|The first excerpt represents the past or something you must release, and is drawn from Songs of Innocence and Experience by William Blake:
A couching lion lay.
Turning back was vain:
Soon his heavy mane
Bore them to the ground,
Then he stalked around,
Smelling to his prey;
But their fears allay
When he licks their hands,
And silent by them stands.
They look upon his eyes,
Filled with deep surprise;
Songs of Innocence and Experience
|The second excerpt represents the present or the deciding factor of the moment, and is drawn from Twenty Years After by Alexandre Dumas:
of one of the guards. Comminges looked up and saw amidst the
smoke the threatening face of Louvieres appearing at the
window of the second floor.
"Very well, sir," said Comminges, "you shall hear of this
"And you of me, sir," said Louvieres; "and we shall see then
who can speak the loudest."
Friquet and Nanette continued to shout; the cries, the noise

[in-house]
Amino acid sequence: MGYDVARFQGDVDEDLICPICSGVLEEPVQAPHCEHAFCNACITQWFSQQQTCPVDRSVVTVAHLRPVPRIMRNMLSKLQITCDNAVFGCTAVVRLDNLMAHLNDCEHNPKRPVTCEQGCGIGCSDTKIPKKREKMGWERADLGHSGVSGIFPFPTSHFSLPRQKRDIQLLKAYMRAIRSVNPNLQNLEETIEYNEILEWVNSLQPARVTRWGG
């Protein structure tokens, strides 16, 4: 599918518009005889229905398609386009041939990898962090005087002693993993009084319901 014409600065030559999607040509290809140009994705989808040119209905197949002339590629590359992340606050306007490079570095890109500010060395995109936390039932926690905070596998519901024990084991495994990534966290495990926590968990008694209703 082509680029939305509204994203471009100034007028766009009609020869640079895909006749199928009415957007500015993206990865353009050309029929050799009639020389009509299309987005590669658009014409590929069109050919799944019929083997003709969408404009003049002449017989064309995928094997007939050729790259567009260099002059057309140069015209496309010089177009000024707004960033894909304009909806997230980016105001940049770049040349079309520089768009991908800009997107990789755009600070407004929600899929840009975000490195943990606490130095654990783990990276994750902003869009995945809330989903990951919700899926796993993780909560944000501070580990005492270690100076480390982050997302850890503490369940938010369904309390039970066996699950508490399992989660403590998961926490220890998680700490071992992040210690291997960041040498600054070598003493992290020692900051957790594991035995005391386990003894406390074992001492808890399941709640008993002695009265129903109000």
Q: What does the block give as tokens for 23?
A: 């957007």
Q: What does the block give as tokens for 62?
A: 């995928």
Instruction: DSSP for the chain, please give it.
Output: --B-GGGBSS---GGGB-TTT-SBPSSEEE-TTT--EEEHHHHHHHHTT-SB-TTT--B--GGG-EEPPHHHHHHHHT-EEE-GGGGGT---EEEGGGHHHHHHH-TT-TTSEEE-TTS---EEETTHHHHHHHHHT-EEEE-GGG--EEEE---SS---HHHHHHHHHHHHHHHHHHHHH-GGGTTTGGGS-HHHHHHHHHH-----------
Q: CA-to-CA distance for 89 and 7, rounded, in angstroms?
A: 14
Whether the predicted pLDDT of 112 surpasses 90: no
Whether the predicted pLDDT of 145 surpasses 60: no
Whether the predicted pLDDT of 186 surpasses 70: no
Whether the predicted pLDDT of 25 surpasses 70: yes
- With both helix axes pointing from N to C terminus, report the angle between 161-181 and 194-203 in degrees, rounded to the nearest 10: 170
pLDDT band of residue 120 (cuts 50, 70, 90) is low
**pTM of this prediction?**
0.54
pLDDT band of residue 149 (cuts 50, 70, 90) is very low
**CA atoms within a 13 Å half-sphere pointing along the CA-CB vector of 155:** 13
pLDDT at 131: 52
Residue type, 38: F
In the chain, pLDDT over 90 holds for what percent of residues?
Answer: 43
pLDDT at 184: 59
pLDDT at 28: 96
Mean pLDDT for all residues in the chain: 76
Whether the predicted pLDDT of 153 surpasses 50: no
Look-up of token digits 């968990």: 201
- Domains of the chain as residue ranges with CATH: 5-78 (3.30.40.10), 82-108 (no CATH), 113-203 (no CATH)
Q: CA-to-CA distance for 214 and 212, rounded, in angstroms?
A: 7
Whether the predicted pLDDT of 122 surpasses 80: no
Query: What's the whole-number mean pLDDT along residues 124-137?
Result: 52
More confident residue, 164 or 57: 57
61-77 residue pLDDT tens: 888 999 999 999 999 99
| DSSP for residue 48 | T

of the shot and the intoxicating smell of powder produced
their usual maddening effects.
"Down with the officer! down with him!" was the cry.
Twenty Years After
|The third excerpt represents the future or something you must embrace, and is drawn from She Stoops to Conquer by Oliver Goldsmith:
HARDCASTLE. And I'm astonished at the deliberate intrepidity of his
SIR CHARLES. I dare pledge my life and honour upon his truth.
HARDCASTLE. Here comes my daughter, and I would stake my happiness
upon her veracity.
Enter MISS HARDCASTLE.
HARDCASTLE. Kate, come hither, child. Answer us sincerely and
without reserve: has Mr. Marlow made you any professions of love and
MISS HARDCASTLE. The question is very abrupt, sir. But since you
She Stoops to Conquer